The Australian government recently released its response to the Review of Medicines and Medical Devices Regulation, accepting most recommendations. One recommendation involves the introduction of provisional approvals for perceived life-saving and innovative new treatments, allowing these to be approved on the basis of more limited data on the condition that further safety and efficacy data (including real-world evidence) are collected to determine whether full approval should be granted. However, experience with similar schemes overseas raises significant questions about the safety and efficacy of products made available through these pathways. These uncertainties are compounded by the challenges associated with the collection and use of ‘real-world’ data and the difficulty of withdrawing products from the market once patients and clinicians become familiar with them. Although there may be good reasons to provide patients with earlier access to medicines on the basis of provisional evidence (including providing treatment options and hope to patients with serious illnesses), we must exercise caution in order to protect both current and future patients from potentially harmful and futile treatments and ensure that healthcare systems use their resources wisely.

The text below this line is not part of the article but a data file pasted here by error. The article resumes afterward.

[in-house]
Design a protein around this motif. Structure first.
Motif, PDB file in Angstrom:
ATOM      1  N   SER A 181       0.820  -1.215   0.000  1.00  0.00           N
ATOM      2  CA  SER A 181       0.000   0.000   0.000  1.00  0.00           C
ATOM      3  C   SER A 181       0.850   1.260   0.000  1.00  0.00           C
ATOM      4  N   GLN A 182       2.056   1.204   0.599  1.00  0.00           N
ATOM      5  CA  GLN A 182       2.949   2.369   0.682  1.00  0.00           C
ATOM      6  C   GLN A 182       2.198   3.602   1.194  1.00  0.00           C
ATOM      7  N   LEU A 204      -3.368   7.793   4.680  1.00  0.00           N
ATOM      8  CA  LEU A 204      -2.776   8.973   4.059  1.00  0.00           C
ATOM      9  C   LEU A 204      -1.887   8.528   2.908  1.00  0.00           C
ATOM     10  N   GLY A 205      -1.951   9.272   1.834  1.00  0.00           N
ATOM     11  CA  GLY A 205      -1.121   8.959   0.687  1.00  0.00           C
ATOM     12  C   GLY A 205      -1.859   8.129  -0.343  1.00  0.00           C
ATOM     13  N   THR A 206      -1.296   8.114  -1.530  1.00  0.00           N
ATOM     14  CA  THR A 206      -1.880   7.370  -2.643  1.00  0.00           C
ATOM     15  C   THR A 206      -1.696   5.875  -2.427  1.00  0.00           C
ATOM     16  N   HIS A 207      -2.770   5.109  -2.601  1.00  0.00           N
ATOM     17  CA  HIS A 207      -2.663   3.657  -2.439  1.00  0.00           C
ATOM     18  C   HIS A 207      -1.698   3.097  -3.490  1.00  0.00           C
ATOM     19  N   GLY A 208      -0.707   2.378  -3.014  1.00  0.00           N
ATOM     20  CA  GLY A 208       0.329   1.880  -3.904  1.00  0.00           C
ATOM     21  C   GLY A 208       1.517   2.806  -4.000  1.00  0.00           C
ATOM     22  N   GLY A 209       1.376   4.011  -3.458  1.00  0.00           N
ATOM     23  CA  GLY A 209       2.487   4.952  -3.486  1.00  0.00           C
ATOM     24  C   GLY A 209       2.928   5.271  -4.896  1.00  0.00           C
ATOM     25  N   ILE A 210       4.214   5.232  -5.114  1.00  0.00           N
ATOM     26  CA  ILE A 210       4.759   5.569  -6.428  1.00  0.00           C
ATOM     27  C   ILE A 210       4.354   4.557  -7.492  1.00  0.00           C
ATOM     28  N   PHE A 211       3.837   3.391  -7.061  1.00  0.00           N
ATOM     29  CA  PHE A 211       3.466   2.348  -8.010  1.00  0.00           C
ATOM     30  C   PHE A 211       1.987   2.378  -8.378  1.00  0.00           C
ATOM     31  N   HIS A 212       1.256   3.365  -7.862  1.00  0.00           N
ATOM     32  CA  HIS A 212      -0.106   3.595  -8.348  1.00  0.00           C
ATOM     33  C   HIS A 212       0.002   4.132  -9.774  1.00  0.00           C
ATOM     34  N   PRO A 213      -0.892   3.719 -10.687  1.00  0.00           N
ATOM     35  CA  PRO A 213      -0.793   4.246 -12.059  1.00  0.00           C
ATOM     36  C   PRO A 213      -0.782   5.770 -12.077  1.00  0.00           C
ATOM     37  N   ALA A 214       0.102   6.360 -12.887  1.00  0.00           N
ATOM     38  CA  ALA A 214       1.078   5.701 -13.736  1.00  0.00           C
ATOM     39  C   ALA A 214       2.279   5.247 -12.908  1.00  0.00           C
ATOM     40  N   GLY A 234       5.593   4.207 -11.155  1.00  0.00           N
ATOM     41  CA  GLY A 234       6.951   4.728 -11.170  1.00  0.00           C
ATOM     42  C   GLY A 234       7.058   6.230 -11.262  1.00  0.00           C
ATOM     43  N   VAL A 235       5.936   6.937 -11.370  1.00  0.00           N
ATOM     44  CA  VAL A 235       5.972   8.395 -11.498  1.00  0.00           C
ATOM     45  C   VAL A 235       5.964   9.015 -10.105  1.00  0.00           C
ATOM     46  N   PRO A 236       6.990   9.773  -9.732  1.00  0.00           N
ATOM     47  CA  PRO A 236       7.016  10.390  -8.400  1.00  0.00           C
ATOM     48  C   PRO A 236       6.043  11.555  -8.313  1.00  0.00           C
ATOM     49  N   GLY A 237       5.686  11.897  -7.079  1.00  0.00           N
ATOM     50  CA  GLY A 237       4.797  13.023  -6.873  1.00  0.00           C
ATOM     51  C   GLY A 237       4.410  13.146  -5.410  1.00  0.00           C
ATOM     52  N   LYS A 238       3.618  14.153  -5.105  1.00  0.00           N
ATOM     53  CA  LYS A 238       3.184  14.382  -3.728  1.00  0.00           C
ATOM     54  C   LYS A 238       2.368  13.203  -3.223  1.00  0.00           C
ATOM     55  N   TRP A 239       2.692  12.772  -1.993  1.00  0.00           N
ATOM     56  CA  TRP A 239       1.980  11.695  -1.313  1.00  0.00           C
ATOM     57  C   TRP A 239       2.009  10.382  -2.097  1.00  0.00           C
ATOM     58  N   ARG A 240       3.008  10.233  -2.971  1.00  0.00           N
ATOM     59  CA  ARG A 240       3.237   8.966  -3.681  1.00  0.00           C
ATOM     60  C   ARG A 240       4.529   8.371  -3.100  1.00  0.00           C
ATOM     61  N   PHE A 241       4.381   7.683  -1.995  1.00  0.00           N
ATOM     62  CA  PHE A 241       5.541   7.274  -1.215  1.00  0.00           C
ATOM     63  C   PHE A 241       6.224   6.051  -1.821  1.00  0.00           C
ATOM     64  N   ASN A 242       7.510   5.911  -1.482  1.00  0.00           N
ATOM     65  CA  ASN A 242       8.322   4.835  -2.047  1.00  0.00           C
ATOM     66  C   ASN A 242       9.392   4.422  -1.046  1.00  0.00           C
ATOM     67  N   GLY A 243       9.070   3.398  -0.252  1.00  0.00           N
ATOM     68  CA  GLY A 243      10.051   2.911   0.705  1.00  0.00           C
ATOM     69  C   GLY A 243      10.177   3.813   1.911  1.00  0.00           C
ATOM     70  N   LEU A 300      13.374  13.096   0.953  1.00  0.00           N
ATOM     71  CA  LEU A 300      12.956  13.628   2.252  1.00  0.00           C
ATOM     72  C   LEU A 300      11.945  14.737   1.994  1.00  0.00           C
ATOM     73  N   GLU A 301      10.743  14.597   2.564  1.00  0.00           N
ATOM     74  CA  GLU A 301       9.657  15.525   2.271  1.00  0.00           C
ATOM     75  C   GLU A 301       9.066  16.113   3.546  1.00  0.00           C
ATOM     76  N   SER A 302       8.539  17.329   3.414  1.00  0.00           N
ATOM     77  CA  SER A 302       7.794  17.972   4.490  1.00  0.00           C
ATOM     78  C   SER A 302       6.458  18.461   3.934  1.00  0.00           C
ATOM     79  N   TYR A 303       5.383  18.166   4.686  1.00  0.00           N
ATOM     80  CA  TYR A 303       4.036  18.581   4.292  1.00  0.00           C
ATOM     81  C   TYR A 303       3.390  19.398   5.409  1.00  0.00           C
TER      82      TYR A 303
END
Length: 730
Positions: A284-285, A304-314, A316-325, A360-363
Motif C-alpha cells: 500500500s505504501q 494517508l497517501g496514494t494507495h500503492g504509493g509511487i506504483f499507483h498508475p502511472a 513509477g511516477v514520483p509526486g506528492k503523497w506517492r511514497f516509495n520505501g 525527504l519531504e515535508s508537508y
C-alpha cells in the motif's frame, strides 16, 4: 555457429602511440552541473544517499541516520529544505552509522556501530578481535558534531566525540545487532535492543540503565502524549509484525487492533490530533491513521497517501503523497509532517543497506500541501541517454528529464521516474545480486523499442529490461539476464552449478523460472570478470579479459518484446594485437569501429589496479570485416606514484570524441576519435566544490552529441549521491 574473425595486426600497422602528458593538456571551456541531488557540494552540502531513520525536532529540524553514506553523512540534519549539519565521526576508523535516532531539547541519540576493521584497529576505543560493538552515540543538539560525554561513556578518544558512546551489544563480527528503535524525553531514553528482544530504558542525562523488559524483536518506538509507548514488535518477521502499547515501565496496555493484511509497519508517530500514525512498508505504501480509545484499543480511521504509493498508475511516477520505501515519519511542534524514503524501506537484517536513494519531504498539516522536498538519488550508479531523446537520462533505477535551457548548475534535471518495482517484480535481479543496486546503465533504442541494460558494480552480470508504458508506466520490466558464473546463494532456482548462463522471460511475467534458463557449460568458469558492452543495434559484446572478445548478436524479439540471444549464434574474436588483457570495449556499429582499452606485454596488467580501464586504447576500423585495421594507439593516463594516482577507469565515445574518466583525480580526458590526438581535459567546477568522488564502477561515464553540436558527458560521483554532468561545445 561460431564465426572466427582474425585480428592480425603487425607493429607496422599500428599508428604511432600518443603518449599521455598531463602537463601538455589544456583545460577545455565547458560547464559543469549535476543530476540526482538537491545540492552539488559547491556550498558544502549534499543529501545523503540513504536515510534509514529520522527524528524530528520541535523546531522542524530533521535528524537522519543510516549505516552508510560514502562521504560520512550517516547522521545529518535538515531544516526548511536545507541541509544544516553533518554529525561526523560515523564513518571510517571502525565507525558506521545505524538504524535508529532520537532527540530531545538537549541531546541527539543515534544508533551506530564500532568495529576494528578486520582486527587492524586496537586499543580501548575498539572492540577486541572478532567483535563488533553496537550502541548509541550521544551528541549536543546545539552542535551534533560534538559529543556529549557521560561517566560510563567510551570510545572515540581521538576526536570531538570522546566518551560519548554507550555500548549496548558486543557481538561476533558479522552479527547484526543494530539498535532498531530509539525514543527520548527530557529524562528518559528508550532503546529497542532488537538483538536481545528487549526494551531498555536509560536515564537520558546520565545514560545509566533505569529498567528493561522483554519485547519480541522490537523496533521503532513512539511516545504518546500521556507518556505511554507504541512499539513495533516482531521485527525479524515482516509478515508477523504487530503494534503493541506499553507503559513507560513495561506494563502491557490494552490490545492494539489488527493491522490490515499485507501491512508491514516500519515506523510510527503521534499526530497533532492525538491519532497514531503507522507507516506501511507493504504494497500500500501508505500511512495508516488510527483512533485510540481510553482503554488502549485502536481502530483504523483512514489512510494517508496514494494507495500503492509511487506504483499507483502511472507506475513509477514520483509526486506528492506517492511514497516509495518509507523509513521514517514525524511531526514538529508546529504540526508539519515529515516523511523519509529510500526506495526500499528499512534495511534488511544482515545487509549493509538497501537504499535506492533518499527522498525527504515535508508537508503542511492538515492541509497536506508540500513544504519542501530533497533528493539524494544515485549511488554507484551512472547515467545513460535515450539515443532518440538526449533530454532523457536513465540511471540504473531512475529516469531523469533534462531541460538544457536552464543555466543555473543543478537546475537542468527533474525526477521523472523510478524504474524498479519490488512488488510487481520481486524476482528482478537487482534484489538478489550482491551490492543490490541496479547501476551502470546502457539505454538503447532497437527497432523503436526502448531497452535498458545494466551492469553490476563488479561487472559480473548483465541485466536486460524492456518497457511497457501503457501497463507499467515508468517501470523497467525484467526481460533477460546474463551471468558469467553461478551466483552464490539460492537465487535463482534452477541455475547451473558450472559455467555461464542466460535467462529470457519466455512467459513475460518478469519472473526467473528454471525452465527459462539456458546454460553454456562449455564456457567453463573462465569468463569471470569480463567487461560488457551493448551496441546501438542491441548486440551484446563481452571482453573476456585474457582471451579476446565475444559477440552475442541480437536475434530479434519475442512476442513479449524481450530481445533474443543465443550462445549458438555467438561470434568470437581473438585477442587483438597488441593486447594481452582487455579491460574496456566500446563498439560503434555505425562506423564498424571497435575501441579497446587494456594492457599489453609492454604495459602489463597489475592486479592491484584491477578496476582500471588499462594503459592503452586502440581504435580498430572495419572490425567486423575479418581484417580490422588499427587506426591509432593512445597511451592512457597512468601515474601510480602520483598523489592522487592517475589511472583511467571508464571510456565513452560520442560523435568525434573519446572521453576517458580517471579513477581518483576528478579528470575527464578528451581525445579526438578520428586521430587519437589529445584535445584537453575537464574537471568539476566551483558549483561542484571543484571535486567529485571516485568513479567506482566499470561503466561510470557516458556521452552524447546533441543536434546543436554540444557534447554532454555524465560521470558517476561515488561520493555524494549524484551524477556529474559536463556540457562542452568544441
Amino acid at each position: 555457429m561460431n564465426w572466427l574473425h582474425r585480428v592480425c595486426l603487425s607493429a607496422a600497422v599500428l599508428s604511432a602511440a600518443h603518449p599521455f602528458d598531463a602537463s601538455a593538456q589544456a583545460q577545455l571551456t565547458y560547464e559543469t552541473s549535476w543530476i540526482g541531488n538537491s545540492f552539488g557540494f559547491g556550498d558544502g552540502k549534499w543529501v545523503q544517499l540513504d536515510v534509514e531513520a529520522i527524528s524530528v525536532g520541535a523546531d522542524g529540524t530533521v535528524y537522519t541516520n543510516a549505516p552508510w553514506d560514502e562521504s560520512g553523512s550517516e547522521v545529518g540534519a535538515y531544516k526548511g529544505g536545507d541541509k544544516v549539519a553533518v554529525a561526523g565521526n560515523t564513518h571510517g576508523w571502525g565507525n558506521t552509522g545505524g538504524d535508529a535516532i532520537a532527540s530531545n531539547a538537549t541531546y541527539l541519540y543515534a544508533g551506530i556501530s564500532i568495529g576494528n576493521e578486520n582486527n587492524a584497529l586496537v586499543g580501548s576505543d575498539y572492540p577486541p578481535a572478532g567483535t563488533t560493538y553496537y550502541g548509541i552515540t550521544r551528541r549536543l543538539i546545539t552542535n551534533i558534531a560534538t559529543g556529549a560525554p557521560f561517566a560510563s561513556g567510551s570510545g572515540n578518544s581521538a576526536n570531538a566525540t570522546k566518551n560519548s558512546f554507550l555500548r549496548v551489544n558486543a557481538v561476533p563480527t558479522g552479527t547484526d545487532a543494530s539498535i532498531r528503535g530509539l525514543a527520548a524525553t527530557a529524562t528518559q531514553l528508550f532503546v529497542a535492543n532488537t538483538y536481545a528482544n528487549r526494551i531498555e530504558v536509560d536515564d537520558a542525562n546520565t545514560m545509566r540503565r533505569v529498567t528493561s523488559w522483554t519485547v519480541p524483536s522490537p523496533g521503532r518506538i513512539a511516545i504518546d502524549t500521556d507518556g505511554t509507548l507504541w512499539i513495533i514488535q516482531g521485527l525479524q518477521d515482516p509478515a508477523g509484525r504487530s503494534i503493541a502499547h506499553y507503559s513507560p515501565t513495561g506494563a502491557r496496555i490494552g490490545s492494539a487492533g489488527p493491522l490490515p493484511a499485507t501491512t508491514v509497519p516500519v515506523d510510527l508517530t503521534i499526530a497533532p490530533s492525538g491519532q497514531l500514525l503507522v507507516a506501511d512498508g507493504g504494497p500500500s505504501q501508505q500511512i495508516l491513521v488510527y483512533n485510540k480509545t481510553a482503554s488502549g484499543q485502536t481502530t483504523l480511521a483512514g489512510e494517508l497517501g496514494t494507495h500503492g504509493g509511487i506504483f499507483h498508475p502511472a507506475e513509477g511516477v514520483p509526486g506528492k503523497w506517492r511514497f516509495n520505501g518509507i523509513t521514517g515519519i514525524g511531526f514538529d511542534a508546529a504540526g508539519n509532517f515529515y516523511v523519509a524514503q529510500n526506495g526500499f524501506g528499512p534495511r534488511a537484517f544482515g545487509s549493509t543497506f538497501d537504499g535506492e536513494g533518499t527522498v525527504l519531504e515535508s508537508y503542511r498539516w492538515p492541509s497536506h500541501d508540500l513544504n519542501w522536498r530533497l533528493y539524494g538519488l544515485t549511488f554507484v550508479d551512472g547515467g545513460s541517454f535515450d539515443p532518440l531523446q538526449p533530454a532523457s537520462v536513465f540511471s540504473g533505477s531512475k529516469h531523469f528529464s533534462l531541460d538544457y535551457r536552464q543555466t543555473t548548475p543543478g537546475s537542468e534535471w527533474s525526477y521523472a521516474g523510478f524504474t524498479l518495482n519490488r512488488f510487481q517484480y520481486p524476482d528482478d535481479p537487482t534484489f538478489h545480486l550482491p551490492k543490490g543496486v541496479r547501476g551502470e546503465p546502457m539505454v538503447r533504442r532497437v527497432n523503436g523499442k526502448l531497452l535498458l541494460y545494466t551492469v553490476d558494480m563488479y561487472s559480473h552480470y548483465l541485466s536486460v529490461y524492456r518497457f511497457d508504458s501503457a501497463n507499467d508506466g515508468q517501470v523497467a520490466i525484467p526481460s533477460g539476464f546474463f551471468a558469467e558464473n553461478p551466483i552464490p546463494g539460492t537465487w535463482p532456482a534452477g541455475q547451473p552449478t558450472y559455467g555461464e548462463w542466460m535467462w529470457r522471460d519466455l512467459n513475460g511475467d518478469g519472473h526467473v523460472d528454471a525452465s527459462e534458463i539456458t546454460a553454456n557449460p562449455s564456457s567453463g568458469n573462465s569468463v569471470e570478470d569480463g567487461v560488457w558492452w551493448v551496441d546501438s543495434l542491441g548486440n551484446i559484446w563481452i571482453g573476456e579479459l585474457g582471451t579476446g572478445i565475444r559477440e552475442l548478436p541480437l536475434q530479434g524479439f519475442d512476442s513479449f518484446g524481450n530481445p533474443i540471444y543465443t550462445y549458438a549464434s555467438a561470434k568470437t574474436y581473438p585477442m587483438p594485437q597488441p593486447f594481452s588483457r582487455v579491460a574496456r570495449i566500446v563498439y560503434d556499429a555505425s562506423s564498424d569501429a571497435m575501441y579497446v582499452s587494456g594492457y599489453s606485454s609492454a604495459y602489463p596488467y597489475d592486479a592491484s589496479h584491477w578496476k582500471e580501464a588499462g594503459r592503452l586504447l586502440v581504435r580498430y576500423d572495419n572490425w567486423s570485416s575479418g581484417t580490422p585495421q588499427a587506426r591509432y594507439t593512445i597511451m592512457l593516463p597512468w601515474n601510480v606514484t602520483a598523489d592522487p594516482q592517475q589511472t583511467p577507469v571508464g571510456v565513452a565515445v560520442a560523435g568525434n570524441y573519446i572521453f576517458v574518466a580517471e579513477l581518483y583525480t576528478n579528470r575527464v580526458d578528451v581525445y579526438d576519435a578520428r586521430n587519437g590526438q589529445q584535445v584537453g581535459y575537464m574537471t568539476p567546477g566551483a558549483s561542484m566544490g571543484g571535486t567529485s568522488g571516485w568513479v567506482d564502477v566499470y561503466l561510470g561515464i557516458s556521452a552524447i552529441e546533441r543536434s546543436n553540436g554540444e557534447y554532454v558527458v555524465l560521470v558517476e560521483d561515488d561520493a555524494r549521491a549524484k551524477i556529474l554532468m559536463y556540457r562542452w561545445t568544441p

- Therapeutic Goods Administration (TGA)
- drug regulation
- public policy
- provisional approval
- precautionary principle